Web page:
The NY Times article, written by Motoko Rich on March 25, 2014, spotlights, once again, the importance of talking to babies and toddlers. By way of the LENA device, a tiny recording device worn by a child that distinguishes between words overheard from TV or other electronics and live human conversation, staff from home visiting programs can help parents understand the importance of not only the number of words spoken to babies and toddlers but also the kinds of words spoken. Dana Suskind, a pediatric surgeon at the University of Chicago who founded the Thirty Million Words Initiative, which oversees home visiting programs and public information campaigns, tells us “every parent can talk,” meaning talking to children does not depend on family background, race, socio-economic status or education. But, Claire Lerner, director of parenting resources at Zero to Three, the nonprofit group that promotes healthy development in the early years, reminds us “It’s not just saying, ‘You need to say this amount of words to your kids every day and then they’re going to be smart and successful.’ ” She adds, “We don’t want parents talking at babies. We want parents talking with babies.”
Parents and caregivers need to remember that although “talk is cheap” (which is a great thing when it comes to all parents and caregivers being able to give it to the babies and toddlers in their lives), it’s not going to be easy! Conor P. Williams wrote a piece on February 10, 2014 for EdCentral titled “New Research: Why Infants and Toddlers are so Exhausting.” In his piece, Williams paints the picture of infants and toddlers as “incessantly in motion” beings. He tells us “Developmentally speaking, infants and toddlers are moving fast. Which is exhausting for parents.” For the non-scientist parents in the crowds, Williams kindly translates some research from Brown University and King’s College London, published in the Journal of Neuroscience. This is what he has to say:
As very young children babble and stumble many thousands of times through their early years, they’re steadily building myelinated connections between various sections of their brains. By three years old, kids have twice as many neural pathways as adults. As they grow, they “prune” these down to think and act more efficiently—they develop routines that codify into habits and myelinated connections in the brain.
This is where the new research comes in. The study used MRIs to track the children’s myelin development, with an eye to seeing if specific patterns of myelination corresponded with language abilities. Much of their findings confirmed what many other studies have shown: the early years are enormously important for children’s linguistic development. This is the period when stimuli from the outside environment have the greatest impact—children who hear more words in these years obtain verbal advantages that last a lifetime.
But the study also found that myelination patterns stabilized around age four, suggesting a critical developmental point when children’s brains start to become less pliable. As they age beyond then, their brains become more like adults—and their pace of development slows down. Good news for tired parents like me, as well as a useful reminder to policymakers considering when they ought to invest limited resources for improving children’s linguistic abilities.
Then Williams goes on to report a story his own father told him after Williams had his first child about a a publicity stunt involving legendary multisport athlete Jim Thorpe. He writes:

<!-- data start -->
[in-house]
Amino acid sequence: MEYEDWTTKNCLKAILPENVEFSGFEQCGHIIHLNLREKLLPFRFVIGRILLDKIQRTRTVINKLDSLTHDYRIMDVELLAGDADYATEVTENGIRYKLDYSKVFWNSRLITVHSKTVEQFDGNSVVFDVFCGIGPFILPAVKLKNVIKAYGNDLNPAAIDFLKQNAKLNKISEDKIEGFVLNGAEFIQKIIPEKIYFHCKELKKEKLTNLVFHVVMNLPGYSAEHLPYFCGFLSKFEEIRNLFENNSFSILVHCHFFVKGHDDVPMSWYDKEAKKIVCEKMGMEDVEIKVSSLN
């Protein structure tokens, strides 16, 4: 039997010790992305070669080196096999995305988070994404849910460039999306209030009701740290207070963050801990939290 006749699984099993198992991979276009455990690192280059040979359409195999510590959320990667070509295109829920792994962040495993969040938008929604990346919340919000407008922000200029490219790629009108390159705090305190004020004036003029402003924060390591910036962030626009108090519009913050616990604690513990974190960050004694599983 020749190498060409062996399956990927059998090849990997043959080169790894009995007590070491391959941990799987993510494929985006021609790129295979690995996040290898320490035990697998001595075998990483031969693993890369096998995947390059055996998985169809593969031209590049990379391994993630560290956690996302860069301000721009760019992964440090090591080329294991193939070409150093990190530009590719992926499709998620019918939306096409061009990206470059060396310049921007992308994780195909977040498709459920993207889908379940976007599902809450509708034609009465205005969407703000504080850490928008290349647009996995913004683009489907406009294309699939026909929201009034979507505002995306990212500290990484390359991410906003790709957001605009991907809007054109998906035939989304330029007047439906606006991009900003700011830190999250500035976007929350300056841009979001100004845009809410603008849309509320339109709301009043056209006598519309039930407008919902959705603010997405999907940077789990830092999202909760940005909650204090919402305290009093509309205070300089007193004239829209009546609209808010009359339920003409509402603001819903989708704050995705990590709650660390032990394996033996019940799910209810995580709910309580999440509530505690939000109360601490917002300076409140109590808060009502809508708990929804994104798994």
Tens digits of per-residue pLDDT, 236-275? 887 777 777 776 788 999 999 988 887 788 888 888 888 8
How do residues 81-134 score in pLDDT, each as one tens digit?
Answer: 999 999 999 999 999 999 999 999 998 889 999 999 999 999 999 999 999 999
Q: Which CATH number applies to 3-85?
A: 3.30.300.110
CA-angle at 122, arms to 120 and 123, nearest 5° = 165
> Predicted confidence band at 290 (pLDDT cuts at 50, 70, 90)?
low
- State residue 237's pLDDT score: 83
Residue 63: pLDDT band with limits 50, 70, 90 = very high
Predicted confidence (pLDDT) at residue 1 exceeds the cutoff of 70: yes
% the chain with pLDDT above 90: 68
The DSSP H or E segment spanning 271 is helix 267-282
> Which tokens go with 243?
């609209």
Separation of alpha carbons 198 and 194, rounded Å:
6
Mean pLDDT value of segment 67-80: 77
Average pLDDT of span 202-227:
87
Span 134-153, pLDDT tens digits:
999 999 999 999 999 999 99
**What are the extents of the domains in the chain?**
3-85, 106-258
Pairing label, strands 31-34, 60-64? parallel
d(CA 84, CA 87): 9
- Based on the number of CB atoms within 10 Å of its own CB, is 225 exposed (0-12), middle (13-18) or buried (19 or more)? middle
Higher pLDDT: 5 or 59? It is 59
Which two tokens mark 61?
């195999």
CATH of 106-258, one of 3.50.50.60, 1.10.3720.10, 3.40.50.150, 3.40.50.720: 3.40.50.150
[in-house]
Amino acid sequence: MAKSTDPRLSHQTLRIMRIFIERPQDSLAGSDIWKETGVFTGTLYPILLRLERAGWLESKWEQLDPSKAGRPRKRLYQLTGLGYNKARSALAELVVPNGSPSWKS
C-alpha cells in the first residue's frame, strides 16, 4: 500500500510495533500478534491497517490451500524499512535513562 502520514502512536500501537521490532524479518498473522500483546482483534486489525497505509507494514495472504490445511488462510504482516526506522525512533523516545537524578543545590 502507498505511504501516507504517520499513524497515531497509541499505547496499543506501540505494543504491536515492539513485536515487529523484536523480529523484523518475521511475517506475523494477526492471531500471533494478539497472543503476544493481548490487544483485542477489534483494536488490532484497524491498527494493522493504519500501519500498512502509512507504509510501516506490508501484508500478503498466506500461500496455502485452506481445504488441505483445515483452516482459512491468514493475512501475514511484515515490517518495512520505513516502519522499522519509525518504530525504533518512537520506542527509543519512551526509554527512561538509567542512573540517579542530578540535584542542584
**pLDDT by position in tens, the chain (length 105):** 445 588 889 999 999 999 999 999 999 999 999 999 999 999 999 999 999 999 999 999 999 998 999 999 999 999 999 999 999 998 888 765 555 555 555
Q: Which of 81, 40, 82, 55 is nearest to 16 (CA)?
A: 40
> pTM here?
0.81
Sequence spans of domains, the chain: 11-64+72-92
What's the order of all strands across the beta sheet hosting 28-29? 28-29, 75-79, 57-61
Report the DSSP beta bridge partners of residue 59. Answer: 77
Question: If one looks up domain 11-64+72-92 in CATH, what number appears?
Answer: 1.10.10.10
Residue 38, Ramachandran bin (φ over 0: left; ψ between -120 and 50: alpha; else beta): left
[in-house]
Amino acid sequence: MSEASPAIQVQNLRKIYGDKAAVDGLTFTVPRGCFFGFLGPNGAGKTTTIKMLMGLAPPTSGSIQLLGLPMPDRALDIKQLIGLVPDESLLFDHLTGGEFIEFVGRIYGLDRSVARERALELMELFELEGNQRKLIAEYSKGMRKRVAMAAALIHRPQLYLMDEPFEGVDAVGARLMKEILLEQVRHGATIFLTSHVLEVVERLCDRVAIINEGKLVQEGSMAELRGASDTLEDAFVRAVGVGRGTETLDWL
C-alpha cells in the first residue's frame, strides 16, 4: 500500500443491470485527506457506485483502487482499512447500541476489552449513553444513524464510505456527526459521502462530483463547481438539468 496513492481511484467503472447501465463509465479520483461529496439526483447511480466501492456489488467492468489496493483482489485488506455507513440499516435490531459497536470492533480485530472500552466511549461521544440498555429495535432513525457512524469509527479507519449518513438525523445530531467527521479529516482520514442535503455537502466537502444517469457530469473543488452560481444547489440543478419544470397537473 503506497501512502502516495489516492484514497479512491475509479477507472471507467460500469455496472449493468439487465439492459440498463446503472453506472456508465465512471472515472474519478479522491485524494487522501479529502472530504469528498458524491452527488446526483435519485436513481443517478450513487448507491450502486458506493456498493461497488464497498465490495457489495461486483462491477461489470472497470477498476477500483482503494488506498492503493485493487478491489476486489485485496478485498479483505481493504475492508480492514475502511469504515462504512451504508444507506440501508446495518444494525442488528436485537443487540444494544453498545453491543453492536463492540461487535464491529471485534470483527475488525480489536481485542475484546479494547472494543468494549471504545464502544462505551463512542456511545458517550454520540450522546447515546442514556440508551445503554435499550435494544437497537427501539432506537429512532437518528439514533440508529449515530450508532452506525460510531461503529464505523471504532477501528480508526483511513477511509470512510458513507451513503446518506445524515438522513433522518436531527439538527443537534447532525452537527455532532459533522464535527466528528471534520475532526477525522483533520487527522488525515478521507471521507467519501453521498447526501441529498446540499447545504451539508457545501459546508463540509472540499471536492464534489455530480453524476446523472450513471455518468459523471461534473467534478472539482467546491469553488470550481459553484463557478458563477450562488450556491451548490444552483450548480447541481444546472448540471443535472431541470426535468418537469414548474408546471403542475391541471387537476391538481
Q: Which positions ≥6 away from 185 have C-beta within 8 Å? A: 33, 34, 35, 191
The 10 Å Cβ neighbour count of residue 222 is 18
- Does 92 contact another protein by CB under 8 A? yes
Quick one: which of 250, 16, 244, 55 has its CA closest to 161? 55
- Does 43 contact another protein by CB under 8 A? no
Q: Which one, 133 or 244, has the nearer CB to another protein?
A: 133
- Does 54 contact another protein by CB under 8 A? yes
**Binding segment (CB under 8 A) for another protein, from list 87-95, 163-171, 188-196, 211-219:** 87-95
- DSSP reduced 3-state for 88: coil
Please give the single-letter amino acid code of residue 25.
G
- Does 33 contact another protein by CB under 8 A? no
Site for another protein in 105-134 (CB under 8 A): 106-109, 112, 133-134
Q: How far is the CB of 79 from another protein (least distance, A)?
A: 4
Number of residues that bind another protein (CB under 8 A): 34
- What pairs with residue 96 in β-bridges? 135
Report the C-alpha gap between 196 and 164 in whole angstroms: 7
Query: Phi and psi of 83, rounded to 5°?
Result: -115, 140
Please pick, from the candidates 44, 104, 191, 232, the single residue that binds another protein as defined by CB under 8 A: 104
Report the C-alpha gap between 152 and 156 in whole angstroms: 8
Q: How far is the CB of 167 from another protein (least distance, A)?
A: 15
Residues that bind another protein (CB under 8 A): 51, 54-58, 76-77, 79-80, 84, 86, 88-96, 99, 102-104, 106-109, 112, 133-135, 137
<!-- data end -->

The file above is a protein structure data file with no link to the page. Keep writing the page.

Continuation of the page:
Apparently, he agreed to spend an entire day mimicking a toddler’s every movement. Thorpe, the century’s greatest athlete, the Olympic champion, bowed out after only a few hours. This research suggests that, had he squared off against a six-year-old, he might have had a chance. But against a toddler (read: “developmental powerhouse”), he was doomed.
Williams makes two very powerful points. First, he tells us that by age 4, the age at which children will start preschool in many states which are funding and fighting for Pre-K programs for all children, children’s brains are already becoming less plastic. The brain of a 4-year old is already “hardening,” in terms of becoming less able to develop new pathways from learning and stimulation. Stated another way, the time for stimulating brains and encouraging brain development is prior to age 4. Second, Williams informs us (for those of us who did not already know!), babies and toddlers are exhausting. It’s difficult for parents and caregivers to “give it their all” with infants and toddlers because it’s hard for us to keep up the pace with them.
Because of this, we need to understand that families with infants and toddlers need special care and attention. Having an infant or toddler, especially if one if poor, homeless, jobless, unable to make ends meet, or any other version of “stressed,” can push anyone to the breaking point. Families and caregivers of young children need support so that they can provide the best learning experiences and moments of brain development possible to the infants and toddlers in their lives. Of course, this is going to cost money. However, as economists, such as James Heckman, have found, funding programs that support families with young children pay off in spades. Investing in children and families from the start, for a few years until the child is off and running (literally and figuratively), directly decreases the costs for special education, resource teachers, high school dropout rates, teen pregnancies, welfare recipients, and housing prison inmates.
For those of us with infants and toddlers in our lives, either because we have them around or we work with them, let’s get talking while “running” along side those little ones. There is so much to be gained from doing so!